Record highs in February can be welcome sign of spring, but they could spell bad news for plants — and the food chain
Warm temperatures before the spring season can be a welcome sign of better days ahead.
However, record highs — like those experienced in Hampton Roads this week — followed by steep drops could have a detrimental effect on blooming trees.
Some plants tie their yearly cycles to the availability of light and water — but others like magnolias and cherry blossoms respond to warming temperatures, said Les Parks, director of horticulture at Norfolk Botanical Garden.
This in itself might not be a problem and it could just mean a tree has an irregular blooming schedule for the year. But it becomes dangerous for the tree when frost returns after a period of warmth, damaging the fragile buds.
“If you’re a fruit tree farmer and your fruit trees bloom too early, then you’ve lost your crop for the year,” Parks said.
Parks said peach trees in northern North Carolina and apple orchards in the mountains of Virginia could be affected by recent warm temps.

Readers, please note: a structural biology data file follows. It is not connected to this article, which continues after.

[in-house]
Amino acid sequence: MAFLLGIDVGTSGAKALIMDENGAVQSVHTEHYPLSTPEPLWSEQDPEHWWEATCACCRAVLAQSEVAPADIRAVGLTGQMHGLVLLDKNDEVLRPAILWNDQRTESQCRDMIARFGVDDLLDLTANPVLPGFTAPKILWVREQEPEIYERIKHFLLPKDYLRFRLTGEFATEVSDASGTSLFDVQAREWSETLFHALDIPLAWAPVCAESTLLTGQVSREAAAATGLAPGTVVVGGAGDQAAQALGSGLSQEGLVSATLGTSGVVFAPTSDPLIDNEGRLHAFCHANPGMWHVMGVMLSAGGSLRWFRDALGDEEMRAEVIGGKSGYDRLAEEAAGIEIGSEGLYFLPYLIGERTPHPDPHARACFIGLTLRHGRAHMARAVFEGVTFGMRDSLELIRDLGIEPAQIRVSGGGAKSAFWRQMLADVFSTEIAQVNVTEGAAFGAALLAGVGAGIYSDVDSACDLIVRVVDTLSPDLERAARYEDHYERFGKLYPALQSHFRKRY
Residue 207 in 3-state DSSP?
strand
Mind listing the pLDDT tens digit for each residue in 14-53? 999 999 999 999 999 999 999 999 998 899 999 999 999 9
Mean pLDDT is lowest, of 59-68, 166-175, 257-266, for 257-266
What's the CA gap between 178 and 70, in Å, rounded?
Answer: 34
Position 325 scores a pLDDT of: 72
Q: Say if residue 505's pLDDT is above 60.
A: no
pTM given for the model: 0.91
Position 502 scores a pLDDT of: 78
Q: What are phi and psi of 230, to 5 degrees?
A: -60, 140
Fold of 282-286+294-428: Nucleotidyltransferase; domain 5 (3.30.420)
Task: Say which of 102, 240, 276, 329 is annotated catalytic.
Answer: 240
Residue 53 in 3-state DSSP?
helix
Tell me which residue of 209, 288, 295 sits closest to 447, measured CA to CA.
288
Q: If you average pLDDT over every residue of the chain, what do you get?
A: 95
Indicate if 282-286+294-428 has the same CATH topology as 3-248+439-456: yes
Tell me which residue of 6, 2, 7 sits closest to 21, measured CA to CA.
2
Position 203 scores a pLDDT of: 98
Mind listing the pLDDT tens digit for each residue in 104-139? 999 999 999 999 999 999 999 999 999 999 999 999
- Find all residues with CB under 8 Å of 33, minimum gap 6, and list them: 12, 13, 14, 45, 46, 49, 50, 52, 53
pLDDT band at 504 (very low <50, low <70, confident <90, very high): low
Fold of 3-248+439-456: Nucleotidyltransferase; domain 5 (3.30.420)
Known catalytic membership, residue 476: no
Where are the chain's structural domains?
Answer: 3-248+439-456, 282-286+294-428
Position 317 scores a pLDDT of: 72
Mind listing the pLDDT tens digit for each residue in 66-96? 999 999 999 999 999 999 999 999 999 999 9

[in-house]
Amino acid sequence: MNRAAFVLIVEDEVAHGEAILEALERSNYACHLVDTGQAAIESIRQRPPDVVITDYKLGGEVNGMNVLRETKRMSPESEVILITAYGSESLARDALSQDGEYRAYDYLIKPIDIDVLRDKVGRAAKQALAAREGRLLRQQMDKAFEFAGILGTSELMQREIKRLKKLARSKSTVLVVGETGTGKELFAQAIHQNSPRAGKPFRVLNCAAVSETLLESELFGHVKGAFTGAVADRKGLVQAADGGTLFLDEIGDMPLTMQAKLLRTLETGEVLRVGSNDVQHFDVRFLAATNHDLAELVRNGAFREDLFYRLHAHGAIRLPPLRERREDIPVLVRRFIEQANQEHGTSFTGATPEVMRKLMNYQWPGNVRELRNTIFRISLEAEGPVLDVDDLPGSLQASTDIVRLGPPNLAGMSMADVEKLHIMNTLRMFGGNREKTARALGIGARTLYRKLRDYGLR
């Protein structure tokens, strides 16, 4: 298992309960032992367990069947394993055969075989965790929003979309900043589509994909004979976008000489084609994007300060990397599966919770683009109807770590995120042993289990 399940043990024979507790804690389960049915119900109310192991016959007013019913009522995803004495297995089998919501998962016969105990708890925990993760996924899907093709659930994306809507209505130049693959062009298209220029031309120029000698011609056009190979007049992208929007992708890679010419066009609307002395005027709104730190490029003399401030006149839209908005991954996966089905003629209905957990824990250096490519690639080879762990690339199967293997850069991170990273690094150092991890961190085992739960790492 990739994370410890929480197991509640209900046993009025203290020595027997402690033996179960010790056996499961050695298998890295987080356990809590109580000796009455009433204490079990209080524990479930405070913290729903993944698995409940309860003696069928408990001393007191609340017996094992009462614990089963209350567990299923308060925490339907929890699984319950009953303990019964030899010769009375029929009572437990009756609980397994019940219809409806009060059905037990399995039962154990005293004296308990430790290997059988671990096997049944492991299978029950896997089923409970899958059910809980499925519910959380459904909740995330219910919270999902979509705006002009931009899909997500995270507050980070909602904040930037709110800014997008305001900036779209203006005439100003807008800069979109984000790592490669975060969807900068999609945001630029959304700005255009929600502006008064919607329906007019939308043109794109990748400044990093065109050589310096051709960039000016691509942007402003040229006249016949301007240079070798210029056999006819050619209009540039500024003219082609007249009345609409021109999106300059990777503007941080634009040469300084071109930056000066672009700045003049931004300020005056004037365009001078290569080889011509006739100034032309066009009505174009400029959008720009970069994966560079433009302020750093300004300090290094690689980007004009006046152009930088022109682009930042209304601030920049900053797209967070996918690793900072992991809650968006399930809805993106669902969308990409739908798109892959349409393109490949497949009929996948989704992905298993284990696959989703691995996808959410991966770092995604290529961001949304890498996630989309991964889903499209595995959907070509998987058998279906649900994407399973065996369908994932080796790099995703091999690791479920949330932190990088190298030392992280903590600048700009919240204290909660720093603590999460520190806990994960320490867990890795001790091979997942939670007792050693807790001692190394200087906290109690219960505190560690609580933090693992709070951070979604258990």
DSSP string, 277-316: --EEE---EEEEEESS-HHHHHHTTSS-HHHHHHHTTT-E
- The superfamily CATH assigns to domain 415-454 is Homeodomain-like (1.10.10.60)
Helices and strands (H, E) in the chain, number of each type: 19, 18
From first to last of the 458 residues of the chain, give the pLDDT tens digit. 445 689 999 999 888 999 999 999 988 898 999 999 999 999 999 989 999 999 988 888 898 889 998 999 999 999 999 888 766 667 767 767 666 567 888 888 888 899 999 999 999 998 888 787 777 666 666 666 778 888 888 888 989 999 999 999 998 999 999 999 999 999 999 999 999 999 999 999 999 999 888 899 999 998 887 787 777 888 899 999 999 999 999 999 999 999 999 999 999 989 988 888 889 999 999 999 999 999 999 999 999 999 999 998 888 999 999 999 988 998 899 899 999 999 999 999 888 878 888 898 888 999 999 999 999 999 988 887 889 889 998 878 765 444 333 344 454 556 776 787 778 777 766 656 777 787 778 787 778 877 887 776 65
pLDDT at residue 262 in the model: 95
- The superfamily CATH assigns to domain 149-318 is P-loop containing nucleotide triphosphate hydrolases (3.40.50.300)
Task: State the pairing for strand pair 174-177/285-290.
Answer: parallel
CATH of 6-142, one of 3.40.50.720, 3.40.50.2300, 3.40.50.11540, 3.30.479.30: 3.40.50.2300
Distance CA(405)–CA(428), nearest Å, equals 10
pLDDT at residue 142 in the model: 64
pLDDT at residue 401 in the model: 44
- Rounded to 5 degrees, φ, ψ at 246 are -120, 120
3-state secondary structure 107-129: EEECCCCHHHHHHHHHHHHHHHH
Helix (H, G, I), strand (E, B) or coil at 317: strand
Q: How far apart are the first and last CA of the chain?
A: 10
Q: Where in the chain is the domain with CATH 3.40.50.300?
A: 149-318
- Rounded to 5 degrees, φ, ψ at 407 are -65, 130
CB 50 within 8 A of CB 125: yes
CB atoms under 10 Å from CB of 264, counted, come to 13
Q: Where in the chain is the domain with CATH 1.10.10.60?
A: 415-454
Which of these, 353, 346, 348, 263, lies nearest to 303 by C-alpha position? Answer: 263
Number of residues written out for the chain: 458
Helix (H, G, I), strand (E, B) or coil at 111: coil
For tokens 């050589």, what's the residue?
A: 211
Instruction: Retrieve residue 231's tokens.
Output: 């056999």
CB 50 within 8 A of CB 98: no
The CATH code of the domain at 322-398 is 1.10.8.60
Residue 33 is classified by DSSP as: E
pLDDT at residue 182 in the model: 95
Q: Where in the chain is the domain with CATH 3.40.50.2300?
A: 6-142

“I would say the biggest problem is with global warming,” Parks said. “All the insects tie their reproductive cycles to the availability of food, which a lot of times is plants.”
If the availability of plants is out of sync with insect life cycles due to irregular weather patterns that cause plants to bloom too early or too late, then fewer insects survive. In turn, birds and other animals that eat insects have a more limited food source.
“If it all gets out of whack, then some of our native species could have a more difficult time feeding their young,” Parks said. “It’s going to have detrimental effects far down the food chain.”
The fluctuations in temperature that have become more frequent in the past few years also cause plants difficulty.
“When we have a cold winter and it stays cold, the plants get used to it and they sort of ease into it,” Parks said. “But if you go from the 60s and then all of a sudden you’re down into the teens, that causes a lot more damage. It’s the roller coaster effect that’s a problem instead of the steady decline or the steady increase.”
Cianna Morales, 757-957-1304, email@example.com